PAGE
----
Climbing Wall Leading Award

This award trains and assesses candidates in the skills required to teach lead climbing skills on indoor or outdoor artificial climbing walls and structures with fixed protection. It builds on the skills gained through either the Climbing Wall Award or Single Pitch Award, one of which candidates must hold to access the Climbing Wall Leading Award scheme.

On 2nd April, 2018 the Climbing Wall Leading Award will be revised and renamed Climbing Wall Development Instructor as a result of our Climbing Review.

Lead Climbing cLukaszWarzechaFind a Course

Is it for me?

Registration for the Climbing Wall Leading Award is an application process, during which your experience of logged sessions as a Climbing Wall Award holder or Single Pitch Award holder, along with your personal indoor climbing experience, is taken into account.

The prerequisites for registration are as follows:
  • You must be at least 18 years old
  • You must hold either the Climbing Wall Award or the Single Pitch Award
  • You must have an up to date logbook (ideally DLOG) with evidence of the following...
  • 50 led routes
  • Climbed at 3 different major climbing walls
  • Belayed a lead climber 50 times
  • 25 lead routes at grade F6a on indoor climbing walls
  • 20 supervising sessions after passing either Climbing Wall Award or Single Pitch Award
If you can tick all of the above boxes, here's what to do next:
  • Log in to the Candidate Management System
  • Register for the Climbing Wall Leading Award scheme (this costs £45)
Climbing Wall Leading Award FAQsLeading on an artificial wall


Training typically lasts for one day (minimum 8 hours contact time).

The Syllabus

Climbing Wall Leading Award holders should be competent in the following key areas, all of which will be covered, to a greater or lesser extent, during your training course.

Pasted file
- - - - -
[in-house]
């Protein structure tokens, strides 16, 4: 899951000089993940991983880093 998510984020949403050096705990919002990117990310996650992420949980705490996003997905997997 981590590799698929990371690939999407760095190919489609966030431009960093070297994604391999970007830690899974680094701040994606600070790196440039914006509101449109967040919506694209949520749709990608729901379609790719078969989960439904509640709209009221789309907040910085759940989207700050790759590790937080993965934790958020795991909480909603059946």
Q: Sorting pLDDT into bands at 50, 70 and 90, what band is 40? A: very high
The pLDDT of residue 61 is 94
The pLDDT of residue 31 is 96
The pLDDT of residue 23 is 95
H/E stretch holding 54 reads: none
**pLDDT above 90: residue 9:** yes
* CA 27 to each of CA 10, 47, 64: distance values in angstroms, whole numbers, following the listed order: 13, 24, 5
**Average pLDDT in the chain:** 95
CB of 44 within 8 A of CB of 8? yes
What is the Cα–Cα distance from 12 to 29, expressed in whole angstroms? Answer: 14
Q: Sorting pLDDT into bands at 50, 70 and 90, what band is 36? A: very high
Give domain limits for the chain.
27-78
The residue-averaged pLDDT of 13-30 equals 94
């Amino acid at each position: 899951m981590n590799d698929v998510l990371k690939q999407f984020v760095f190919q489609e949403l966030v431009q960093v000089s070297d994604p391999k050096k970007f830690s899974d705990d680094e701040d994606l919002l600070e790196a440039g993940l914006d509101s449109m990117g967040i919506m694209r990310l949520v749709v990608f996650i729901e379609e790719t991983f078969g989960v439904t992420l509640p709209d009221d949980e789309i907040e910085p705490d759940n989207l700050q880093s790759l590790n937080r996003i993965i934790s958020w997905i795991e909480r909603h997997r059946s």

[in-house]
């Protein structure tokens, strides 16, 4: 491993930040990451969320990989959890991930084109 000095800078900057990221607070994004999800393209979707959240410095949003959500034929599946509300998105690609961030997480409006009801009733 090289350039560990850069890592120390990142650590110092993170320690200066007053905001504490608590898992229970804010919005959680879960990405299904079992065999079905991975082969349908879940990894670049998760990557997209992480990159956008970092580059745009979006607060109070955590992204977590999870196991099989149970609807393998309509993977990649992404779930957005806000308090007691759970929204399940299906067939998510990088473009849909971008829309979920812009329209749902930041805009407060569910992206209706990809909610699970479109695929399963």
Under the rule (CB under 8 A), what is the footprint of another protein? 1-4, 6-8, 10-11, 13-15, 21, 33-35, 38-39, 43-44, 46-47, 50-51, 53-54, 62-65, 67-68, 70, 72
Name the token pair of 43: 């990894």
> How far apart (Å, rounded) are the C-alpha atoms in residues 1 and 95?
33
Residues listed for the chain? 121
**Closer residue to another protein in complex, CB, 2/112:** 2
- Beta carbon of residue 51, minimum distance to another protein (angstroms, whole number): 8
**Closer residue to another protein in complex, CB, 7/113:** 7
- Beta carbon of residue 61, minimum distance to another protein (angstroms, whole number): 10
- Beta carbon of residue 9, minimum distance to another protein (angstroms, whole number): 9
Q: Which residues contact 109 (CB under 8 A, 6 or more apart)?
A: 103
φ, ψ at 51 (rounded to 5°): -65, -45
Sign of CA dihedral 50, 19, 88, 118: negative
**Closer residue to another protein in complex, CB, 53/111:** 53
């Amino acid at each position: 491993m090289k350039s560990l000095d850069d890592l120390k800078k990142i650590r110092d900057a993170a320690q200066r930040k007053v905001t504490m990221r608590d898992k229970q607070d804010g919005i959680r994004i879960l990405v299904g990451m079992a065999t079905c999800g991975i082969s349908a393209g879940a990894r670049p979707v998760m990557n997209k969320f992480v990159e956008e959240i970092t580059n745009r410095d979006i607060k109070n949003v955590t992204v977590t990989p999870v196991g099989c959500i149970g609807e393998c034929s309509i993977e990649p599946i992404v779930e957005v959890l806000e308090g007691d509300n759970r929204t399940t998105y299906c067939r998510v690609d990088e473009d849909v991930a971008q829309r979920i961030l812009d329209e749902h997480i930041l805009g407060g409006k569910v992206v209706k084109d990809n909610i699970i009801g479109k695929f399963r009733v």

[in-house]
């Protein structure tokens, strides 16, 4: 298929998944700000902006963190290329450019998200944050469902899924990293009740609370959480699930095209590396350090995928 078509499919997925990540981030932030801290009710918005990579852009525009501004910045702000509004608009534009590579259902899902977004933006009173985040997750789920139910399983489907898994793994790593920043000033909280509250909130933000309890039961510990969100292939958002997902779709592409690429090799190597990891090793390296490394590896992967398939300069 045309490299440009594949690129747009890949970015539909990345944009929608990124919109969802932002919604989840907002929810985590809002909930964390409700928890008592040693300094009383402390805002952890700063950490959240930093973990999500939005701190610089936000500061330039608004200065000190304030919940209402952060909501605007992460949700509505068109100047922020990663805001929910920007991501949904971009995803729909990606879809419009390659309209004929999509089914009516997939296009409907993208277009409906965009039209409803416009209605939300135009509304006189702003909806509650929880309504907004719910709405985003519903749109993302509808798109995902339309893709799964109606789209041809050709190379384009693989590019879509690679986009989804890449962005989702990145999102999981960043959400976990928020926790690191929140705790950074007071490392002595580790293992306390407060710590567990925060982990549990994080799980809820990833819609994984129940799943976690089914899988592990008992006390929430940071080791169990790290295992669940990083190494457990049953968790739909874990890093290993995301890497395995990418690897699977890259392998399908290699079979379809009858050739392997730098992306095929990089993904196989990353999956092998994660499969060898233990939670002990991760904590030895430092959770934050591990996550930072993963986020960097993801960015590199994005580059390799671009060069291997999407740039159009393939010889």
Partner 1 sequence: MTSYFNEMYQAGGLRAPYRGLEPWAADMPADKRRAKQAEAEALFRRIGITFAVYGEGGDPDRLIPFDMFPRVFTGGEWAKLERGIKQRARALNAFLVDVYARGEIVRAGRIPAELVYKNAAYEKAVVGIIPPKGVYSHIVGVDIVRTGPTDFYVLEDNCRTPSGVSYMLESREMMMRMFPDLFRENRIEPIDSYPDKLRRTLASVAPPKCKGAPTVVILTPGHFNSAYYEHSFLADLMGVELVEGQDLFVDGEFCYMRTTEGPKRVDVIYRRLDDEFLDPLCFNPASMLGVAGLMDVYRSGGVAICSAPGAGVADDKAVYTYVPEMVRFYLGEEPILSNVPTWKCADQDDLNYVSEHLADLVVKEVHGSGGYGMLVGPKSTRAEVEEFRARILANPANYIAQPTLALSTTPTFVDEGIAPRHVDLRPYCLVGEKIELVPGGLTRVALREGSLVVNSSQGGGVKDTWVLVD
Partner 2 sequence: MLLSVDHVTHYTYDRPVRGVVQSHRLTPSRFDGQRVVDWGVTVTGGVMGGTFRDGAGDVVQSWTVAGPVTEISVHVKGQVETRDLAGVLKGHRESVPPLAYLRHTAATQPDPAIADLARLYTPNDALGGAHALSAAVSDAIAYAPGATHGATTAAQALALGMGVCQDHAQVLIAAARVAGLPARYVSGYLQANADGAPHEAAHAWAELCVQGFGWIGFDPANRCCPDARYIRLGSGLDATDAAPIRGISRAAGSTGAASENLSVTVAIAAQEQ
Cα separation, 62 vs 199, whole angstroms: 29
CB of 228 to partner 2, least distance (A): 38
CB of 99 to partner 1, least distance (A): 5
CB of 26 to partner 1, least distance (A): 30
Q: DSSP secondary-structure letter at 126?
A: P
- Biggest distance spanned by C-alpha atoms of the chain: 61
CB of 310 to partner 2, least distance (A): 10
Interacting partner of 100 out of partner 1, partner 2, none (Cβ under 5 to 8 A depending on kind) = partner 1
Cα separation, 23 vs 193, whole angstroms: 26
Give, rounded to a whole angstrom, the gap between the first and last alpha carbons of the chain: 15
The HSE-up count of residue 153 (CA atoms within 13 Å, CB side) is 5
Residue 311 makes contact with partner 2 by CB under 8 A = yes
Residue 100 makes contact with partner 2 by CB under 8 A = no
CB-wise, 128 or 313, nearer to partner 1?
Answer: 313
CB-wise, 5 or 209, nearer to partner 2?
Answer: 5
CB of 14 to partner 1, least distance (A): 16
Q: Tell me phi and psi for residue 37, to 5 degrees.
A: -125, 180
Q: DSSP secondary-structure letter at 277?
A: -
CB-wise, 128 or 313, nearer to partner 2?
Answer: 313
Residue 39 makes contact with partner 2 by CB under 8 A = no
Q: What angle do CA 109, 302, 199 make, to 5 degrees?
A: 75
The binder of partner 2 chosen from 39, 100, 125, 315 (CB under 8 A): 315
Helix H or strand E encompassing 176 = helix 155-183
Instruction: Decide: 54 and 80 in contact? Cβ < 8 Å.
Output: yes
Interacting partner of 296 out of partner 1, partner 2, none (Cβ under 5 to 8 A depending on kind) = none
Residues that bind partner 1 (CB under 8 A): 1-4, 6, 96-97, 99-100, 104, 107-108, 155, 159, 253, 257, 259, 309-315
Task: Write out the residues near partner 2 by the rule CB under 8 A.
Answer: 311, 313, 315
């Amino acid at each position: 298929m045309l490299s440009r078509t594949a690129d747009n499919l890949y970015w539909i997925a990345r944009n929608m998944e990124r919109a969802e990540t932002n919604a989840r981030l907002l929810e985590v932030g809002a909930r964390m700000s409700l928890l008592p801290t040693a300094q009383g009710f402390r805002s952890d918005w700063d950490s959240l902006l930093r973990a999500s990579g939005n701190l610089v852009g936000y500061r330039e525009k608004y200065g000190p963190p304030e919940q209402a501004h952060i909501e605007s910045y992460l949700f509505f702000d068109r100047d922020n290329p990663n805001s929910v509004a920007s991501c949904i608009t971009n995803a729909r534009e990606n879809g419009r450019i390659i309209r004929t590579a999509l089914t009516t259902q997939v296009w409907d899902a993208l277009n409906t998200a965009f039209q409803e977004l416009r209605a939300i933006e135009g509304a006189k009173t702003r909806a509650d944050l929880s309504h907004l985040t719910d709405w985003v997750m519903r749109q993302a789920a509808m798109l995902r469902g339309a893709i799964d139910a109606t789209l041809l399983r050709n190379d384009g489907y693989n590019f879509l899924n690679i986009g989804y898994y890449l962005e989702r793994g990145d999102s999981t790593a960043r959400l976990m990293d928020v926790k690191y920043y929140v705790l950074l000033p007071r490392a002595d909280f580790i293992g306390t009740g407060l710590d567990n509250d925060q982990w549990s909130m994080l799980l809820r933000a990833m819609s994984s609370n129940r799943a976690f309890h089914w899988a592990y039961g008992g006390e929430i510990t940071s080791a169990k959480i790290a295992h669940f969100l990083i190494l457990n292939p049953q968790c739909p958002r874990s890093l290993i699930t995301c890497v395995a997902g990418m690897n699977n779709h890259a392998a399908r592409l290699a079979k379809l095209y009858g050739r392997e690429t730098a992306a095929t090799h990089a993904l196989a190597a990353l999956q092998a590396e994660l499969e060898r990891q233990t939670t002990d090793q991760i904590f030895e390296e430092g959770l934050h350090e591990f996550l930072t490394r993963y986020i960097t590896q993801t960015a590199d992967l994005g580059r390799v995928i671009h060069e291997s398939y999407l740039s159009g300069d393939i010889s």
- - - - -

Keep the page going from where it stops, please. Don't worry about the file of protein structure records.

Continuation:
• Technical Competence (including personal climbing)
  • The Climbing Wall Environment
  • Supervision (including planning, managing and movement skills)
Detailed information on each of the above topics can be found in the Climbing Wall Award Handbook and the onus is on you to be competent in all of them by the time you come to assessment - use the Skills Checklist below to help with this.

Handbook and Skills Checklist



The period between training and assessment varies in length for each person and is an opportunity to develop your skills, paying particular attention to any weaknesses identified during the training course. You can use the excuse 'I'm preparing for assessment' to visit the wall as much as you like!

If you would like some more experience belaying lead climbers, why not volunteer to belay at the Youth Climbing Series in England and Wales, Scotland or Ireland.


Before you book onto a Climbing Wall Leading Award assessment, make sure you have done the following:
  • You must have attended a Climbing Wall Leading Award training course (or have been granted exemption)
  • You must be familiar with the syllabus
  • You must have logged a minimum of 100 different lead climbs, at least half of which must be a grade of French 6a or above
  • You must have assisted or observed at least 5 teaching leading sessions delivered by a suitably qualified person
  • You must hold a current first aid certificate, minimum 8 hours and relevant to your work as a Climbing Wall Award holder
The Climbing Wall Leading Award assessment is a minimum of 6 hours.